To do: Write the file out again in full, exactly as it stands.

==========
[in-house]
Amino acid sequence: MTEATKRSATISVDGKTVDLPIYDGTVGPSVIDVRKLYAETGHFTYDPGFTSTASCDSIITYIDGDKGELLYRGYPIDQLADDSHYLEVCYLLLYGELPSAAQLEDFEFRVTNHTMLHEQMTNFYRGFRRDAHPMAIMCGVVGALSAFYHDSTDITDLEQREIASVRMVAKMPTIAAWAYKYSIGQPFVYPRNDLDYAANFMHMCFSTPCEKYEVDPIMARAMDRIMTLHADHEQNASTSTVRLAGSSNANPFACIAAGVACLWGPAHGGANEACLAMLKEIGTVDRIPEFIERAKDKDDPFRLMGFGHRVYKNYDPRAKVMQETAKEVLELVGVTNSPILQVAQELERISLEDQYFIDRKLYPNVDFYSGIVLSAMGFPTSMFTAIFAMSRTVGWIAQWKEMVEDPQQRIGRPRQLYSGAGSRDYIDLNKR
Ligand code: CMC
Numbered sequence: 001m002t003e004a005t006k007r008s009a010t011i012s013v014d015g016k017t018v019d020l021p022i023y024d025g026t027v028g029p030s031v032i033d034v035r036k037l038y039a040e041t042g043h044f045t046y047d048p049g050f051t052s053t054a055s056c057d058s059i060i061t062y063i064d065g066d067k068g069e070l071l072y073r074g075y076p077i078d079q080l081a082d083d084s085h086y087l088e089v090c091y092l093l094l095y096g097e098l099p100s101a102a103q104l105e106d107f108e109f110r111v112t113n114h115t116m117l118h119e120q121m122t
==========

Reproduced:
[in-house]
Amino acid sequence: MTEATKRSATISVDGKTVDLPIYDGTVGPSVIDVRKLYAETGHFTYDPGFTSTASCDSIITYIDGDKGELLYRGYPIDQLADDSHYLEVCYLLLYGELPSAAQLEDFEFRVTNHTMLHEQMTNFYRGFRRDAHPMAIMCGVVGALSAFYHDSTDITDLEQREIASVRMVAKMPTIAAWAYKYSIGQPFVYPRNDLDYAANFMHMCFSTPCEKYEVDPIMARAMDRIMTLHADHEQNASTSTVRLAGSSNANPFACIAAGVACLWGPAHGGANEACLAMLKEIGTVDRIPEFIERAKDKDDPFRLMGFGHRVYKNYDPRAKVMQETAKEVLELVGVTNSPILQVAQELERISLEDQYFIDRKLYPNVDFYSGIVLSAMGFPTSMFTAIFAMSRTVGWIAQWKEMVEDPQQRIGRPRQLYSGAGSRDYIDLNKR
Ligand code: CMC
Numbered sequence: 001m002t003e004a005t006k007r008s009a010t011i012s013v014d015g016k017t018v019d020l021p022i023y024d025g026t027v028g029p030s031v032i033d034v035r036k037l038y039a040e041t042g043h044f045t046y047d048p049g050f051t052s053t054a055s056c057d058s059i060i061t062y063i064d065g066d067k068g069e070l071l072y073r074g075y076p077i078d079q080l081a082d083d084s085h086y087l088e089v090c091y092l093l094l095y096g097e098l099p100s101a102a103q104l105e106d107f108e109f110r111v112t113n114h115t116m117l118h119e120q121m122t